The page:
American Vs. German Game Markets

Most Americans don't recognize the fact that we have something close to a monopoly in the American game market.  Ironically, Hasbro, which owns the rights to the game Monopoly, also owns most major board game companies.  Each year, this results in new acquisitions from Parker Brothers and Milton Bradley long ago to the Wizards of the Coast and Avalon Hill more recently.

One effect of this near-monopoly is stagnation in gaming innovation.  New games are introduced much less frequently in the U.S. than in Europe.  Given the proliferation of different "deluxe" versions and themed editions of older games (e.g. Monopoly), is it any wonder that America has grown bored with board games?  I recently read that more than twice as many games of Monopoly are given as gifts than are ever played.  I find this a sad waste.  If consumers knew of better choices (and there are much better choices), I believe social games would regain popularity and many would experience a rebirth of a sense of community.

In Germany, one sees a very different picture.  Several independent game companies thrive in competition with each other.  Game designers (called "authors" in German) include both full-time professionals and hobbyist.  Popular designers are minor celebrities and all designers have their names printed on their games just as book publishers acknowledge the authors on books.  National game awards including the Spiel des Jahres ("Game of the Year") and Deutscher SpielePreis ("German Games Prize") encourage excellent new game innovations each year.  Games are made with higher quality components and are generally designed to be playable by families in less than two hours, making them ideal for an after-dinner family activity.  It is therefore no surprise that some of the very best American game authors prefer to publish their games in Germany.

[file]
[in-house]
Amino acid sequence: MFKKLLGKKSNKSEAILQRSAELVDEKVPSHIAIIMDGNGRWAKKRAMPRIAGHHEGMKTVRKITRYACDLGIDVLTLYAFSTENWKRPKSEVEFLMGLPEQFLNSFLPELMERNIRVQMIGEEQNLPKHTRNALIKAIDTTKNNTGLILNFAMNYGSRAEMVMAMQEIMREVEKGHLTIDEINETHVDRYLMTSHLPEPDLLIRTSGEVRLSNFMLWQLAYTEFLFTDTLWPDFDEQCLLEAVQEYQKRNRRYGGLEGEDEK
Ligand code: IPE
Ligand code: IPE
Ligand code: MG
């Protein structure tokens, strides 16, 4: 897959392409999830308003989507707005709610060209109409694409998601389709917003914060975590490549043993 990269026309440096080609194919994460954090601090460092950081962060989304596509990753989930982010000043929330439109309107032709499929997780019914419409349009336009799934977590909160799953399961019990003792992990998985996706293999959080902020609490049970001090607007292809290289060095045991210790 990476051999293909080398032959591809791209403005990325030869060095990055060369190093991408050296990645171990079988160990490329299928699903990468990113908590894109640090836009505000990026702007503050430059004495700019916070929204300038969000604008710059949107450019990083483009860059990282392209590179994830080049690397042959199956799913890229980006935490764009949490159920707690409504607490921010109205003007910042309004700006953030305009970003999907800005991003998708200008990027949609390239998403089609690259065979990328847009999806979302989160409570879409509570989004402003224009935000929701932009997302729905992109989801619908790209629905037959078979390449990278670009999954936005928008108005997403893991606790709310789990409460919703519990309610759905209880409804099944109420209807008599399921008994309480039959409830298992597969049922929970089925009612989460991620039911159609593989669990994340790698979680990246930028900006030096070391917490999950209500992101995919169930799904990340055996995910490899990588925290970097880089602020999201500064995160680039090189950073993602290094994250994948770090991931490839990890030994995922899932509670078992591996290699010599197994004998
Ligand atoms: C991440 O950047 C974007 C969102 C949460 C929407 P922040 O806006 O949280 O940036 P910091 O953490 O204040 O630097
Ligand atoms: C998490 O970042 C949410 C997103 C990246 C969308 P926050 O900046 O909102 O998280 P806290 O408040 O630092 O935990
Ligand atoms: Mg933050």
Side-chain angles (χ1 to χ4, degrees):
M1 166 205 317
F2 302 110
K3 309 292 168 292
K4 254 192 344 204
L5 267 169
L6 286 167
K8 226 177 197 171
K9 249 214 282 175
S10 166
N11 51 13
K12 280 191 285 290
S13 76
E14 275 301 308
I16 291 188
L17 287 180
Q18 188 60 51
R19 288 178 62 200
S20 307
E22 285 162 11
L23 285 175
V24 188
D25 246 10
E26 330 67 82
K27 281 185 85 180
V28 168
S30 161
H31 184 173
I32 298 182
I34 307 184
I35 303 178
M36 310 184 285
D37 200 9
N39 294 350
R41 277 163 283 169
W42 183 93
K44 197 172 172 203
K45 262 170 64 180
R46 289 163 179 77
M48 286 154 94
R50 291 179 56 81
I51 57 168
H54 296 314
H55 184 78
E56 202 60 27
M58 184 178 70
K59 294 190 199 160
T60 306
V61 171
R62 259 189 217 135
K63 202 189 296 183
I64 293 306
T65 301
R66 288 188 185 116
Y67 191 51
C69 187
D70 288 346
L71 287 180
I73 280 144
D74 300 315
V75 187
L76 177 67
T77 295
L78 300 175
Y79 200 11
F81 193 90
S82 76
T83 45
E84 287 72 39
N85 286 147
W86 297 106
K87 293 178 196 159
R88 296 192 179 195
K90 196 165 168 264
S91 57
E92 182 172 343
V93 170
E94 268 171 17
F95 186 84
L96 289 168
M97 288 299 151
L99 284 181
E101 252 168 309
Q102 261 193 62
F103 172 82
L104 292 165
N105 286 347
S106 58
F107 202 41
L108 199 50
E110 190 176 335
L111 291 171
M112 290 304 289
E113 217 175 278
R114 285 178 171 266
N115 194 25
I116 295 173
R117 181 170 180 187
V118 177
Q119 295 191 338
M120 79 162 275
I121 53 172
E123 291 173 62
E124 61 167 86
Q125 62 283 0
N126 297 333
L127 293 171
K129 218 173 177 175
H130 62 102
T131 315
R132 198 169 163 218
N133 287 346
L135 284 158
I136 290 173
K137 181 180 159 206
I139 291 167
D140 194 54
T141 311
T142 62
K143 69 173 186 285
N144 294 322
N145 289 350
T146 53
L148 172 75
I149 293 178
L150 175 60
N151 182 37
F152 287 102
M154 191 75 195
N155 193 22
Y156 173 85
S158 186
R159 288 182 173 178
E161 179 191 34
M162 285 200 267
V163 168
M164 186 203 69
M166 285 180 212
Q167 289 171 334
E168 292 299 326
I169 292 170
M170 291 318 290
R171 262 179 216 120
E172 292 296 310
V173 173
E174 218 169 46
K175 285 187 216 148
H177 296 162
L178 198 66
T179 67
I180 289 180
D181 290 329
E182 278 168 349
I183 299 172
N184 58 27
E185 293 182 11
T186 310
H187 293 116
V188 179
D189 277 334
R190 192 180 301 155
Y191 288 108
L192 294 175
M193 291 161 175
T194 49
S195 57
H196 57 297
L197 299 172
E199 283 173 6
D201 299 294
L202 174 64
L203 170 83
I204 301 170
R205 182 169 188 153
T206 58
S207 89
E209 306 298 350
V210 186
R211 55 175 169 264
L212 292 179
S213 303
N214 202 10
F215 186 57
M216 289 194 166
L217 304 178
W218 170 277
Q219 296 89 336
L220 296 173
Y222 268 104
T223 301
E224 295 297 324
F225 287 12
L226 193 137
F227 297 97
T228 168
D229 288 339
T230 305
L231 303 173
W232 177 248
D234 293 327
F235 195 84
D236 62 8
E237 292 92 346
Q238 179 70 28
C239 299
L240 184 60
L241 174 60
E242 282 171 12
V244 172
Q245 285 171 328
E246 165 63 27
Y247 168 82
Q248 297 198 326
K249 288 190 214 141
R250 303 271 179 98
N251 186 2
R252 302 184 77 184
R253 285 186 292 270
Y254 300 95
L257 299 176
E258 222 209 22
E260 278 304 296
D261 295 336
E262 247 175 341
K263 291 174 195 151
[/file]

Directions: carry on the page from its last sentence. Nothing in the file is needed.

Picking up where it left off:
The difference between American and German cultures with respect to gaming raises an interesting chicken-versus-egg question:  Which comes first - a good product or an interested market?  Surely the two are interdependent.  Those I've known who have discovered the international game market have experienced a renewed interest in board games and have had more social interaction over games.  I sometimes wonder if there will be a noticeable revolution in boardgaming, or whether the change I see underway will simply slowly permeate our markets and culture.

The Future of Gaming